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06/13/2005

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Matt

Would you happen to know at what bookstore I'd be able to pick up a copy of Bookforum? Thanks.

Gerald Howard

I am the author of the Pynchon piece you discuss. If one has to be disagreed with, it is good to have it done so intelligently and thoughtfully. I do have a couple of comments.

For one thing, while I agree that "first growth postmodernism" was hardly full of direct social crtique and intent, it was far from being all free aesthetic play. Let me begin by quoting a letter from my pal Peter Kaldheim that got cut from the essay for space reasons: "I remember having the sense that I was in touch with a sort of Underground Resistance, a sub rosa opposition movement springing up in the imagination of writers who were as tired of the status quo in America as I was . . . The fiction being written by these innovative writers was one product of America that I could embrace without feeling shabby or misled or condescended to, and as the war in Vietnam finally ended and the postwar economy went into a tailspin, it was a comfort to have at least SOMETHING to make you proud to be an American." Indeed. The new techniques and attitudes that informed this fiction was intended, and taken by the likes of us, to be a critique of consensus reality and the grotesqueness and corruption of American life. Okay, nobody will ever take Donald Barthelme for a social critic, but his stance toward life was immensely attractive to the spiritually disaffiliated.

Beyond that, I think you forget how explicitly critical and radical some of that literature was. To cite two conspicuous examples, William Gaddis's JR and Robert Coover's THE PUBLIC BURNING, both searing send-ups of the American system. Don DeLillo's END ZONE took an ironic stance toward the American way of total war,while Ishmael Reed's burlesques were fully engaged with the racial politics of the time. GRAVITY'S RAINBOW was taken by us, and really was the acme of this critical tendency in American postmodernism, and its sense of humor, which derives from the black humorists of the early sixties, was immensely liberating.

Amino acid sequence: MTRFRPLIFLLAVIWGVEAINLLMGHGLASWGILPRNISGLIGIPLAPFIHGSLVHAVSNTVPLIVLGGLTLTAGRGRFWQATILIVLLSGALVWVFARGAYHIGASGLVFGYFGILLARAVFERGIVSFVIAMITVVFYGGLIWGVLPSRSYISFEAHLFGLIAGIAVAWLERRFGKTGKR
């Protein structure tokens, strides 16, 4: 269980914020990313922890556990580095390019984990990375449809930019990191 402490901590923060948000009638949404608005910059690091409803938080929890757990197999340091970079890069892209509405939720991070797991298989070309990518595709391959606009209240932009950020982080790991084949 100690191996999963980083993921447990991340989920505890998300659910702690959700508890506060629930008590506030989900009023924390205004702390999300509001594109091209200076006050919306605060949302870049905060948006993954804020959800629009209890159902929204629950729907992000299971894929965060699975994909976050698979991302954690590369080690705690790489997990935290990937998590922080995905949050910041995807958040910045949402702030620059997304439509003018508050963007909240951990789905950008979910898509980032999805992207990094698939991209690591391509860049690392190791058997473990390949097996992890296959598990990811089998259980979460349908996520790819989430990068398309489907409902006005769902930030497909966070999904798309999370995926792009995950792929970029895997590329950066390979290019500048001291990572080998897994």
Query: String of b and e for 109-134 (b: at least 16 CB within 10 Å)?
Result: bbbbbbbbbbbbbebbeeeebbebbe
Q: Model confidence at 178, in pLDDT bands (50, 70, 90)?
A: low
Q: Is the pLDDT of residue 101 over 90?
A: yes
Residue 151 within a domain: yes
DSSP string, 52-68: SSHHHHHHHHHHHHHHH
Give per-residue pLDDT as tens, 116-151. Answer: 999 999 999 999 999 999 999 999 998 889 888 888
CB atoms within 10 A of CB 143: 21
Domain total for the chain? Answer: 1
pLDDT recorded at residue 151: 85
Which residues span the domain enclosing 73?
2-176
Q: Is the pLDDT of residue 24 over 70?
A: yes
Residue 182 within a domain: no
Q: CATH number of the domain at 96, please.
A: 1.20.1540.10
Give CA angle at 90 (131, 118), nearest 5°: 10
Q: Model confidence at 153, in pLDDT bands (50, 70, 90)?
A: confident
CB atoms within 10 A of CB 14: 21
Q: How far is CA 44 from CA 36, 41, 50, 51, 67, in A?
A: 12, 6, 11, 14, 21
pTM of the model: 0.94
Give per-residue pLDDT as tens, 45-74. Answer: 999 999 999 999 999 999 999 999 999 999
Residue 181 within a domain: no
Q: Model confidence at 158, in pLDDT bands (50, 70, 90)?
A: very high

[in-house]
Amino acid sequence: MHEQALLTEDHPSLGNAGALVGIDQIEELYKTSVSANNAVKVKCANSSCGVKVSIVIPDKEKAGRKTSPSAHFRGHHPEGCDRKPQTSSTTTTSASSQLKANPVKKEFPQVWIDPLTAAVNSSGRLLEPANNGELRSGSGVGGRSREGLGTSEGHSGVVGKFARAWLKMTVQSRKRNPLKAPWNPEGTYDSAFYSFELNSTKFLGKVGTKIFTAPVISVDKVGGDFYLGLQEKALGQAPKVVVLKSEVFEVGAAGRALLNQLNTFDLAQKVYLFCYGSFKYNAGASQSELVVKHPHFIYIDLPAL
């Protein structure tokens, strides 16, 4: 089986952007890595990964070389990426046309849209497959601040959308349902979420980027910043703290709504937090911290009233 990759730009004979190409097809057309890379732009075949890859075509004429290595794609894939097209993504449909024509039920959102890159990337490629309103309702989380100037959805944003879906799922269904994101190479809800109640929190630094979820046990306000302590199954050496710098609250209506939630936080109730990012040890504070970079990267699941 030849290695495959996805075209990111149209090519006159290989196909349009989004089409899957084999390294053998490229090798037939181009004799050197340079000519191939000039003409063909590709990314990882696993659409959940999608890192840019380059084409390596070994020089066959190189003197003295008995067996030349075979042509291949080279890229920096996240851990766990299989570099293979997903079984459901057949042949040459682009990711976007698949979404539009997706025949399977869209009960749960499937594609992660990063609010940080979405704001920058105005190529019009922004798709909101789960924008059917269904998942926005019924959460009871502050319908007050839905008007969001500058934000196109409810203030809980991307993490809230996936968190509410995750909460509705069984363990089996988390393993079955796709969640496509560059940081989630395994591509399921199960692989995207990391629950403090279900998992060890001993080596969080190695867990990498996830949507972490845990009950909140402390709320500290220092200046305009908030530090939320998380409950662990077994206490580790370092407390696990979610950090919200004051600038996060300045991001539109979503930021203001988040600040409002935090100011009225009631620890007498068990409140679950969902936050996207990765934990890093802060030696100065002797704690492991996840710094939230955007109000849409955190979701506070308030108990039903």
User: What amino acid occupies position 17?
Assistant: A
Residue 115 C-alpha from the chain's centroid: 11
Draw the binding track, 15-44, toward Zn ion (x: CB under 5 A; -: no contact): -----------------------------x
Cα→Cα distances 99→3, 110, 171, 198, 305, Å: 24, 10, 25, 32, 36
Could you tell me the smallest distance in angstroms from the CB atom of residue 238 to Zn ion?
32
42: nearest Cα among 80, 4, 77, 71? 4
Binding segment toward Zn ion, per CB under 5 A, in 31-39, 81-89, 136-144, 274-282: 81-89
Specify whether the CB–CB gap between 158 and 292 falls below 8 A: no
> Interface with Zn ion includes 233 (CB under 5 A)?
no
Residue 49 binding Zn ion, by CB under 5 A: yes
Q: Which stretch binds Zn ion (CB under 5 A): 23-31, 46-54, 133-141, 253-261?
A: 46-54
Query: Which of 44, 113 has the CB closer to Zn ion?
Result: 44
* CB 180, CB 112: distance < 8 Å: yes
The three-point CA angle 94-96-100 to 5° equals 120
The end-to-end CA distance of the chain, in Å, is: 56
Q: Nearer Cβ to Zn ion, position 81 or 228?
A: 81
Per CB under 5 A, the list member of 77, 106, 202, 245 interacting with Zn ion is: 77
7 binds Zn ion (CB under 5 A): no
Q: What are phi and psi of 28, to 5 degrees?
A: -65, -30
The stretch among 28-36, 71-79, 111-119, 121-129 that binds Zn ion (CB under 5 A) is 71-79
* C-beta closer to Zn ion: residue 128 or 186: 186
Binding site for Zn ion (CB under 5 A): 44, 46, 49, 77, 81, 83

Beyond this, I'll just say that when I called GR a product of the cold war, I was only trying to explain why my younger colleagues seemed somehwat unaware of or indifferent to it. Me, I think it is built to last, and if it has dated, well, so has MOBY DICK.

Dan Green

Gerald: Thanks for responding to my post. Although I do disagree with some of what you say in your essay, I nevertheless still found it an equally intelligent and thoughful piece. JR and The Public Burning are definitely novels engaged in social/political criticism, but I do think The Public Burning is unusual in the context of the rest of Coover's work in its explicit political critique (which also is consistent with other concerns Coover's fiction habitually treats--the influence of myth and spectacle, etc.) I also think it would be a mistake to reduce JR to merely a "social" novel. There's more going on there than political satire.

Jonathan

I just picked up that copy of Bookforum.

I don't know whether Gerald was referring, whether self-consciously or sub-consciously, to

"The pure products
of America
go crazy..."

Pure in the sense of only being possible in these particular circumstances.

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